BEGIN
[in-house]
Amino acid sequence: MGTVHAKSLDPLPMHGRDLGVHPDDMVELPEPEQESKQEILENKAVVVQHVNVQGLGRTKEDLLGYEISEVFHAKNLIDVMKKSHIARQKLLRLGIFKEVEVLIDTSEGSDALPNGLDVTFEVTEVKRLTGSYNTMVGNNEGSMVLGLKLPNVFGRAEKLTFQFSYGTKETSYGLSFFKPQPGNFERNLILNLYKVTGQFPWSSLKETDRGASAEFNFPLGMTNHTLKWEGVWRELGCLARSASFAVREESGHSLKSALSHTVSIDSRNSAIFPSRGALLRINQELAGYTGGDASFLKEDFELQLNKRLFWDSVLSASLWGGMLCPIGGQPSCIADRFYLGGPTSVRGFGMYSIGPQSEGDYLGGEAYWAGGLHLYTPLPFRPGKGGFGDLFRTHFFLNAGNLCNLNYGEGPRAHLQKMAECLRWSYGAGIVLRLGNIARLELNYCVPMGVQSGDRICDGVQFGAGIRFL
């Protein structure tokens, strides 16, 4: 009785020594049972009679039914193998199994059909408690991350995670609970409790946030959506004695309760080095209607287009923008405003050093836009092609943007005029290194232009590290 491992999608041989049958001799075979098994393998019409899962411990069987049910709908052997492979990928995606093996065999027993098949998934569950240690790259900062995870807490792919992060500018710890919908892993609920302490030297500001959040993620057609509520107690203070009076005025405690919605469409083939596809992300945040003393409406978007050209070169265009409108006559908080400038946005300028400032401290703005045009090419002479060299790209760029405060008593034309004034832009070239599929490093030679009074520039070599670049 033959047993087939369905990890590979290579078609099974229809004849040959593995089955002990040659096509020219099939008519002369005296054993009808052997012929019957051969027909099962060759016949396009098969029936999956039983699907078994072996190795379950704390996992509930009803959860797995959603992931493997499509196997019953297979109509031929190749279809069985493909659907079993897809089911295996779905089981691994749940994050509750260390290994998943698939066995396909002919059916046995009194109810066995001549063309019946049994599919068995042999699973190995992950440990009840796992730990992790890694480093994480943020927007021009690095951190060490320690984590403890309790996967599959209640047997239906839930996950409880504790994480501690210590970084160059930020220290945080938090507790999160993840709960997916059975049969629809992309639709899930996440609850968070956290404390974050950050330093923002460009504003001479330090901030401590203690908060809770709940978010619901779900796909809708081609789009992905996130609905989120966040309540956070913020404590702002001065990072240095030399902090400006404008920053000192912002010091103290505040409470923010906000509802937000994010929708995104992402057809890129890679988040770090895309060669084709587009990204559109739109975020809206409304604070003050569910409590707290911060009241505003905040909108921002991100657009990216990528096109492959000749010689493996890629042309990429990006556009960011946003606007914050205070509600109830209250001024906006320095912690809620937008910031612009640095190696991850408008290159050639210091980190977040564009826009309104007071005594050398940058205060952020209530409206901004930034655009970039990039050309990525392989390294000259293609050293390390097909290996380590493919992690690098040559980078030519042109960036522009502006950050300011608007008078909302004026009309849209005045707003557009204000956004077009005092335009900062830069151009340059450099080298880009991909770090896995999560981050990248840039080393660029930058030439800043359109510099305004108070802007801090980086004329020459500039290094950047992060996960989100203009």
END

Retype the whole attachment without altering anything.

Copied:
[in-house]
Amino acid sequence: MGTVHAKSLDPLPMHGRDLGVHPDDMVELPEPEQESKQEILENKAVVVQHVNVQGLGRTKEDLLGYEISEVFHAKNLIDVMKKSHIARQKLLRLGIFKEVEVLIDTSEGSDALPNGLDVTFEVTEVKRLTGSYNTMVGNNEGSMVLGLKLPNVFGRAEKLTFQFSYGTKETSYGLSFFKPQPGNFERNLILNLYKVTGQFPWSSLKETDRGASAEFNFPLGMTNHTLKWEGVWRELGCLARSASFAVREESGHSLKSALSHTVSIDSRNSAIFPSRGALLRINQELAGYTGGDASFLKEDFELQLNKRLFWDSVLSASLWGGMLCPIGGQPSCIADRFYLGGPTSVRGFGMYSIGPQSEGDYLGGEAYWAGGLHLYTPLPFRPGKGGFGDLFRTHFFLNAGNLCNLNYGEGPRAHLQKMAECLRWSYGAGIVLRLGNIARLELNYCVPMGVQSGDRICDGVQFGAGIRFL
């Protein structure tokens, strides 16, 4: 009785020594049972009679039914193998199994059909408690991350995670609970409790946030959506004695309760080095209607287009923008405003050093836009092609943007005029290194232009590290 491992999608041989049958001799075979098994393998019409899962411990069987049910709908052997492979990928995606093996065999027993098949998934569950240690790259900062995870807490792919992060500018710890919908892993609920302490030297500001959040993620057609509520107690203070009076005025405690919605469409083939596809992300945040003393409406978007050209070169265009409108006559908080400038946005300028400032401290703005045009090419002479060299790209760029405060008593034309004034832009070239599929490093030679009074520039070599670049 033959047993087939369905990890590979290579078609099974229809004849040959593995089955002990040659096509020219099939008519002369005296054993009808052997012929019957051969027909099962060759016949396009098969029936999956039983699907078994072996190795379950704390996992509930009803959860797995959603992931493997499509196997019953297979109509031929190749279809069985493909659907079993897809089911295996779905089981691994749940994050509750260390290994998943698939066995396909002919059916046995009194109810066995001549063309019946049994599919068995042999699973190995992950440990009840796992730990992790890694480093994480943020927007021009690095951190060490320690984590403890309790996967599959209640047997239906839930996950409880504790994480501690210590970084160059930020220290945080938090507790999160993840709960997916059975049969629809992309639709899930996440609850968070956290404390974050950050330093923002460009504003001479330090901030401590203690908060809770709940978010619901779900796909809708081609789009992905996130609905989120966040309540956070913020404590702002001065990072240095030399902090400006404008920053000192912002010091103290505040409470923010906000509802937000994010929708995104992402057809890129890679988040770090895309060669084709587009990204559109739109975020809206409304604070003050569910409590707290911060009241505003905040909108921002991100657009990216990528096109492959000749010689493996890629042309990429990006556009960011946003606007914050205070509600109830209250001024906006320095912690809620937008910031612009640095190696991850408008290159050639210091980190977040564009826009309104007071005594050398940058205060952020209530409206901004930034655009970039990039050309990525392989390294000259293609050293390390097909290996380590493919992690690098040559980078030519042109960036522009502006950050300011608007008078909302004026009309849209005045707003557009204000956004077009005092335009900062830069151009340059450099080298880009991909770090896995999560981050990248840039080393660029930058030439800043359109510099305004108070802007801090980086004329020459500039290094950047992060996960989100203009």